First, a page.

Seawater chloride attack on the reinforcements of the eighteen year old concrete piers of the Tay Road Bridge is thought to be the most likely cause of deterioration. The decay is worst in the splash zones, but many of the deck expansion joints are leaking, leading to corrosion over the full column in places. Although inspection is difficult because of the failure of the railed gantry system, it appears that the 100 mm concrete cover layer has separated from the expanding reinforcement cage. Case tests show good concrete strengths but the cover is down to 20 mm in places. It is possible that sea water could have entered through early cracking, but data on previous bridge inspections are lacking. The worst spalling is generally above the deeper water and as three severe winters have produced ice flows, impact damage has not been ruled out. Remedial works could prove difficult -trials with epoxy resin patching have failed. More detailed tests are planned when concrete jackets will be built around some columns. It is also hoped to replace the faulty inspection system with one which will include a platform to reach down the entire pier. (TRRL)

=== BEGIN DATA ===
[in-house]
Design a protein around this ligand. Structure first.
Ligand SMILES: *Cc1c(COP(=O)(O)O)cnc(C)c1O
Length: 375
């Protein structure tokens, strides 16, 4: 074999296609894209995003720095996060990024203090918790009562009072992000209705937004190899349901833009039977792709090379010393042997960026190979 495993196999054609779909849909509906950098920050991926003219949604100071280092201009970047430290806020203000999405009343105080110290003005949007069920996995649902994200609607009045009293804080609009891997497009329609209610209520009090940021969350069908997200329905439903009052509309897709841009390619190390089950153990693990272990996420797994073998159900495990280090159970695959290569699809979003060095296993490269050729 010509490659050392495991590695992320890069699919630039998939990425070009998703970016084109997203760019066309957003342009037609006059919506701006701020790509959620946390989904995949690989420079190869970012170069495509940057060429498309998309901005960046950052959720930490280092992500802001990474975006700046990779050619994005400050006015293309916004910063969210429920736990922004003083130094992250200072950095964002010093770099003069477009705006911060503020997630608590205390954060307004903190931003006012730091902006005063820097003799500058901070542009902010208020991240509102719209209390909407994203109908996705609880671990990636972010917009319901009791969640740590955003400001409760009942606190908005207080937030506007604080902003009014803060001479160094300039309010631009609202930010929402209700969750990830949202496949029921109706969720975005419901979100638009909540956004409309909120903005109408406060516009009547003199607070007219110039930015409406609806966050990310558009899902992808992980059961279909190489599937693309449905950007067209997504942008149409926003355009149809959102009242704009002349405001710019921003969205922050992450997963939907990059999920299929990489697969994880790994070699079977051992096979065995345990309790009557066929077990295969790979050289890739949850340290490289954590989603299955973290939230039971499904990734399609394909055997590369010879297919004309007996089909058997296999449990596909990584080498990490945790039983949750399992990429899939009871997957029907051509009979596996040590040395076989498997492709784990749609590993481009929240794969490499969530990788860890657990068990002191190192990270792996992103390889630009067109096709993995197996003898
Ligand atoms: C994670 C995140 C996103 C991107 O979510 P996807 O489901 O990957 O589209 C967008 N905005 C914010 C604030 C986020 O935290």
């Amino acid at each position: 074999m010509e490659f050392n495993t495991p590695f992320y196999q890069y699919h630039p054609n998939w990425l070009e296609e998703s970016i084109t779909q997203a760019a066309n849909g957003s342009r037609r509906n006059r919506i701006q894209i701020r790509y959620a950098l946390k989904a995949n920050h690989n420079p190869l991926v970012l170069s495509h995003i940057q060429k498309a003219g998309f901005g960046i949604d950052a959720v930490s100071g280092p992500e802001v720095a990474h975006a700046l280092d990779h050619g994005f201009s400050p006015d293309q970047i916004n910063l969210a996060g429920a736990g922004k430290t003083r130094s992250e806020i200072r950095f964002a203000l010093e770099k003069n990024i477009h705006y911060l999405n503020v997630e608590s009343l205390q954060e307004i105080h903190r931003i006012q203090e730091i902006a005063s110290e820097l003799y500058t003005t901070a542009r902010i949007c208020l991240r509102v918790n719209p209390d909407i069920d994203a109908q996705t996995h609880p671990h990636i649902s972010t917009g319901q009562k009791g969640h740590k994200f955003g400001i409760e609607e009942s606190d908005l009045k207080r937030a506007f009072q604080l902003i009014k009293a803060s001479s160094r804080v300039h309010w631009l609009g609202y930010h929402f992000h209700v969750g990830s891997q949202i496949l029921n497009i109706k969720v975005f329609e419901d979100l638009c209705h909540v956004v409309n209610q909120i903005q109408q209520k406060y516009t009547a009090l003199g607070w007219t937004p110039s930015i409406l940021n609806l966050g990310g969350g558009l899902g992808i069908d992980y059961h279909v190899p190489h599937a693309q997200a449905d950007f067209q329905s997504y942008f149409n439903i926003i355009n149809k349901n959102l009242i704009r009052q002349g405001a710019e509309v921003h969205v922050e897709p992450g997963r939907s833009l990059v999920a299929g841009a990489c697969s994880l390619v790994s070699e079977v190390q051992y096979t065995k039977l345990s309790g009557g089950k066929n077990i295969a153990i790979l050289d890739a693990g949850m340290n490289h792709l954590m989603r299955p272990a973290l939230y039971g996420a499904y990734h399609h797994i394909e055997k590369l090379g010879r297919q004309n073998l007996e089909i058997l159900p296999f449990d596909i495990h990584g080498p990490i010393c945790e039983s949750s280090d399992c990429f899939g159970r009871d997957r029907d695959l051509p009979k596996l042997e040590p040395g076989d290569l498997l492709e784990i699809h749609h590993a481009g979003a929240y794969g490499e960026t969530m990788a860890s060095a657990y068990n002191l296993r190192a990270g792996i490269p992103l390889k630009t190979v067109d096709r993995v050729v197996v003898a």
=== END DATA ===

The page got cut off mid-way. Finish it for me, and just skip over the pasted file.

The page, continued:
Media Info

  • Features: Photos;
  • Pagination: p. 33
  • Serial:

Subject/Index Terms

Filing Info

  • Accession Number: 00394569
  • Record Type: Publication
  • Source Agency: Transport Research Laboratory
  • Files: ITRD, TRIS
  • Created Date: Jul 31 1985 12:00AM